- Toy maker Mattel is bringing characters like Barbie and Thomas the Tank Engine to life in the pages of children's books in a collaboration with Bookful, the augmented reality (AR) book app for children, per an announcement. Bookful's users can see 3D animated versions of the popular toy characters on a smartphone after scanning printed books with its camera.
- Barbie fans can see the fashion doll in aspirational books like "You Can Be a Doctor," "You Can Be a Designer" and "You Can Be a Gymnast," consistent with the toy's theme of inspiring girls to realize their potential. Thomas & Friends is featured in books with titles like "Busy Busy Thomas," "A Visit to London" and "Search and Rescue," per the announcement.
- AR adoption, which continues to grow, could get a boost this holiday season as consumers look for more immersive digital experience while remaining housebound during the coronavirus pandemic. Bookful, which was developed by software maker Inception VR, has a growing library of AR and 3D animated books through collaborations with publishers such as Penguin Random House, Charlesbridge and DK.
Mattel's collaboration with Bookful aims to engage children with its popular characters as part of their effort to encourage them to enjoy reading books. More than half (53%) of children in the U.S. own a smartphone by age 11, a study by children's advocacy group Common Sense Media found last year. The popularity of mobile devices challenges parents to manage their children's screen time or at least make it more educational, especially as the pandemic makes distance learning more commonplace. Technology has become a key part of children's education, and Mattel and Bookful can support those efforts with AR content that makes books more interactive and immersive on mobile devices.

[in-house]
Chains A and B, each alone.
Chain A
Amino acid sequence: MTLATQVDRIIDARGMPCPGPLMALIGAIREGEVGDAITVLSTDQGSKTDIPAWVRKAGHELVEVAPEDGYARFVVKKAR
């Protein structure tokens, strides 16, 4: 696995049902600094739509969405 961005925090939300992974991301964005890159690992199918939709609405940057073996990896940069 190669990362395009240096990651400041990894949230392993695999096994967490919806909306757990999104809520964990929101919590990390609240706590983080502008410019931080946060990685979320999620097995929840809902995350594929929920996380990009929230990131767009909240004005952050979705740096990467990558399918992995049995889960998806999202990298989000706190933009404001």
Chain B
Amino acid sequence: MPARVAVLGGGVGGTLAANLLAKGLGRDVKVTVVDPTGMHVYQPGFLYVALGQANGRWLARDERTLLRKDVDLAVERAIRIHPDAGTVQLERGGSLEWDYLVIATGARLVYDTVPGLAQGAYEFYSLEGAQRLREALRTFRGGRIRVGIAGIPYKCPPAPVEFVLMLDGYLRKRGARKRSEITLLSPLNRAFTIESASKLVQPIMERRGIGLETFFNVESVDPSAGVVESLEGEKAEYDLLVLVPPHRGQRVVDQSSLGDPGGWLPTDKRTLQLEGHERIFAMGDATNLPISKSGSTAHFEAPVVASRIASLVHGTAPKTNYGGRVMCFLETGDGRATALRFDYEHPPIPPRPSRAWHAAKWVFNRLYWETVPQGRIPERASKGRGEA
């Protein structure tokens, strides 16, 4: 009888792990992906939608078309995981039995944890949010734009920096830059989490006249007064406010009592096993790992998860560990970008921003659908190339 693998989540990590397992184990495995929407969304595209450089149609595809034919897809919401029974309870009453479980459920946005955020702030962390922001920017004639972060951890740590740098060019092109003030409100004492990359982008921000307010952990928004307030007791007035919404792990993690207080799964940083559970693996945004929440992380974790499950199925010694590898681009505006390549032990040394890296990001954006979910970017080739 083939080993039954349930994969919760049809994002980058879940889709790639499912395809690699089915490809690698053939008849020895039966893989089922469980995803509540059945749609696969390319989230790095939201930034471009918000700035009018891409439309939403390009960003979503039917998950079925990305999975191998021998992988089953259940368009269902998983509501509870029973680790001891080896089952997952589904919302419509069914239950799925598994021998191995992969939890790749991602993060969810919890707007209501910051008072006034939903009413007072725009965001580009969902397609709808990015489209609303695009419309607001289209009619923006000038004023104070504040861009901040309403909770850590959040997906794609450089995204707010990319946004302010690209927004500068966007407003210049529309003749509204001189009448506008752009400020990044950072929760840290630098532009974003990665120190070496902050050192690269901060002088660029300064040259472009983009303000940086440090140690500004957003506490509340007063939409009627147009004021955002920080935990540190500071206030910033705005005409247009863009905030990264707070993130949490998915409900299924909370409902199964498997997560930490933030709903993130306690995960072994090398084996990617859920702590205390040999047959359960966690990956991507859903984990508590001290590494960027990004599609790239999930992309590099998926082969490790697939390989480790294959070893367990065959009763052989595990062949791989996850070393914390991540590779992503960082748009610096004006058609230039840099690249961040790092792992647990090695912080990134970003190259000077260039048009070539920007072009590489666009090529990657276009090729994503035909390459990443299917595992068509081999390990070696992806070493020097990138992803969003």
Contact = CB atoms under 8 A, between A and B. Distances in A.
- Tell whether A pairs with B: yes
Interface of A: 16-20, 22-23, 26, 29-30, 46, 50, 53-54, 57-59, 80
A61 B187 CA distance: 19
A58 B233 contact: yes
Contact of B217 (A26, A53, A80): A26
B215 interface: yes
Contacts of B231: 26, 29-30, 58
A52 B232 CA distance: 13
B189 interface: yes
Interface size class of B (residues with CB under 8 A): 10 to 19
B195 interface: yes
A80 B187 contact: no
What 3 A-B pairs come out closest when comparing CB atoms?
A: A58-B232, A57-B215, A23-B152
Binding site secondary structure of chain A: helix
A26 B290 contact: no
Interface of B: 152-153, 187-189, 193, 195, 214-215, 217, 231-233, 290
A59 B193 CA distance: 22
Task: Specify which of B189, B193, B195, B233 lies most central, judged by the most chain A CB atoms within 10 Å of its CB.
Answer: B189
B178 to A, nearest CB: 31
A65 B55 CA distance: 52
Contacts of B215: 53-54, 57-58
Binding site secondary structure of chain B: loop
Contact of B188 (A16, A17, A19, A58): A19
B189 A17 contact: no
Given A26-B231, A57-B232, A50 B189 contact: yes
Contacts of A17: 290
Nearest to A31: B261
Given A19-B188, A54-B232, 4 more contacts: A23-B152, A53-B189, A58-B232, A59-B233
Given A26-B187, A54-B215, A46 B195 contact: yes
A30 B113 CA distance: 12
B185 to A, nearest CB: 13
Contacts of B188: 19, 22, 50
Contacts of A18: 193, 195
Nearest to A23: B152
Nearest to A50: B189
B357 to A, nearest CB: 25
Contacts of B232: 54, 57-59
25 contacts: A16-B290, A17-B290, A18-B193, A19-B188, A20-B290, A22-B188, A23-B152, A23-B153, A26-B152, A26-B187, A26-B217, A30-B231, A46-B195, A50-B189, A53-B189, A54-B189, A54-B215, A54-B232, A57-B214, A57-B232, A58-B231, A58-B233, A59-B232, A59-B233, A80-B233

Mattel and Bookful's AR-enabled books are another sign of how the immersive technology has been integrated with other media in the past few years. Mobile game "Pokémon Go" became a sensation in 2016 with its innovative gameplay that combined the geolocation features of wireless devices and animated AR content. The game showed the potential demand for AR technology in popular entertainment, making consumer acceptance of Mattel and Bookful's AR-activated books more likely.
A growing number of brands are adopting AR technology to provide more immersive customer experiences and to prolong the exposure with their brands. Among recent examples, e-commerce giant Amazon this month released AR apps to unlock interactive content by scanning specially marked boxes with a smartphone camera. The AR content is intended to entertain consumers, though it's conceivable that Amazon could expand its AR experiences to promote other products, or to offer special deals and discounts.
Bookful's latest partnerships show how AR is also working its way into books, an approach more publishers could adopt as they adapt to the growth in digital content consumption. In kind, Condé Nast's Allure magazine this month partnered with Perfect Corp., the developer of AR content for beauty products, to integrate virtual try-ons of cosmetics into its November issue.